5. Goodbye, Michael
Season 7, Episode 22 — One of the more touching episodes, “Goodbye, Michael” gave us Steve Carell/Michael Scott’s last episode, and it truly marked the end of an era. You certainly can’t fault the guy for moving on, but it’s hard to argue that the show maintained the same high bar of quality after his departure. Sure, the Jim and Pam story was the heart of the show, but Michael Scott was really the driving force. It doesn’t matter how many times I watch it, I still tear up at the scene between Michael and Jim. You can tell that it’s really the two actors talking to one another, not just their characters.
Jim — “You know what I think we should do? I think we should just save the goodbyes for tomorrow. At lunch.”
Michael — [crying ] “Oh, okay.”
Jim — “And then tomorrow, I can tell you … what a great boss you turned out to be. The best boss I ever had.”
4. The Deposition
Season 4, Episode 8 — Season four contains two of the absolute best episodes of the office, as well as one of the best cold opens — think Meredith and a car — but I’ll save that argument for a future list. “The Deposition” really showcased the beginning of the end for Michael and Jan. Their relationship had been dysfunctional from the start — and Jan definitely made a belly flop into the crazy pool when she was fired from Dunder Mifflin — but this episode highlighted her vindictive nature. And seeing poor Michael caught between his company and his girlfriend was truly tragic. He’s such a little kid at heart, and it really felt like Toby described. He was being forced to testify at his parents’ divorce.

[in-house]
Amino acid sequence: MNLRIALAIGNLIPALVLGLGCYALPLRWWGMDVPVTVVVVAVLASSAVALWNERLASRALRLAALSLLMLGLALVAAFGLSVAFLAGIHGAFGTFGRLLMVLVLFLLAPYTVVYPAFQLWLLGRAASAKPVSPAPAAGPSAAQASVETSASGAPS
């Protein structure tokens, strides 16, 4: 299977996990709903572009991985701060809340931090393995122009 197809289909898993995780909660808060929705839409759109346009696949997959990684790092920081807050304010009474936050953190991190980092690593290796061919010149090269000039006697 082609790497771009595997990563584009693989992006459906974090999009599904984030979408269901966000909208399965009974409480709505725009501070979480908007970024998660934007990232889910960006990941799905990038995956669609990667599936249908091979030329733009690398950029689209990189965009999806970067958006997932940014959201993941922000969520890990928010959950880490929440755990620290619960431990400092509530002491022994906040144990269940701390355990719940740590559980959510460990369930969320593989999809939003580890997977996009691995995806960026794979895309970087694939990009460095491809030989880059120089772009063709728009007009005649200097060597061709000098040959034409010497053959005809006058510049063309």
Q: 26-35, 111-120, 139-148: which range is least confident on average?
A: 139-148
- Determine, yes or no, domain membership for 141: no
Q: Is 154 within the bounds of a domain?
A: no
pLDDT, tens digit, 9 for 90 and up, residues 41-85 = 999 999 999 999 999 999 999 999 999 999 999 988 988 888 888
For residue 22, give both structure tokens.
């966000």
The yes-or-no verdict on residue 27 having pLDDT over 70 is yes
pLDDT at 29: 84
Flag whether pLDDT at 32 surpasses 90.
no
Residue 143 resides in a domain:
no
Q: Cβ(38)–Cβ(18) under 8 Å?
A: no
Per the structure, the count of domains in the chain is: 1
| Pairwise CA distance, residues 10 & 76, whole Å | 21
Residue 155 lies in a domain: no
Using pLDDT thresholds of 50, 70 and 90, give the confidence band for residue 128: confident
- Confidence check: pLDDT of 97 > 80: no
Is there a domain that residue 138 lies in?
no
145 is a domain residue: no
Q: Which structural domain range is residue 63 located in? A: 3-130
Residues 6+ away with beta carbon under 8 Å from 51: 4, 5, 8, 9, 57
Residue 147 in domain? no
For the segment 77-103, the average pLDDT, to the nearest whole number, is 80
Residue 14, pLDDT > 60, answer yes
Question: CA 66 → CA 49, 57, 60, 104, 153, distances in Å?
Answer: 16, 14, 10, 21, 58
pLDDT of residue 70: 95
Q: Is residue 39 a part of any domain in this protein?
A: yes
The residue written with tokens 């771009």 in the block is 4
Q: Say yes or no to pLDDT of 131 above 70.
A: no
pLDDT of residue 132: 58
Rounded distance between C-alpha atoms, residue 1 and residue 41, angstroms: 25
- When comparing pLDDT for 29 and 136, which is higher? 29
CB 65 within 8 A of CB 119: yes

Diane (Dunder Mifflin lawyer) — “Are you telling me that your relationship began two years ago and not in February as you previously testified to here?”
Michael — [pause] “Line.”
Diane — “I’m sorry, what?”
Judge — “He asked for a line, like in a play.”
3. Casino Night
Season 2, Episode 22 — Season two is a lot of peoples’ favorite season, mostly due to its premiere and its finale, “Casino Night.” The episode concept definitely felt special. We were still at the titular office, but it felt like a completely different set with all of the casino stuff and different characters present. But really, you can’t talk about this episode without talking about the end between Jim and Pam. I said this list is about complete episodes, not moments, but that moment with Jim and Pam in the parking lot has to be one of the most affecting scenes in sitcom history. It was tense, sad, disappointing, and gut-wrenching all at once. Damn you, The Office, why did you have to make me care so much about these characters?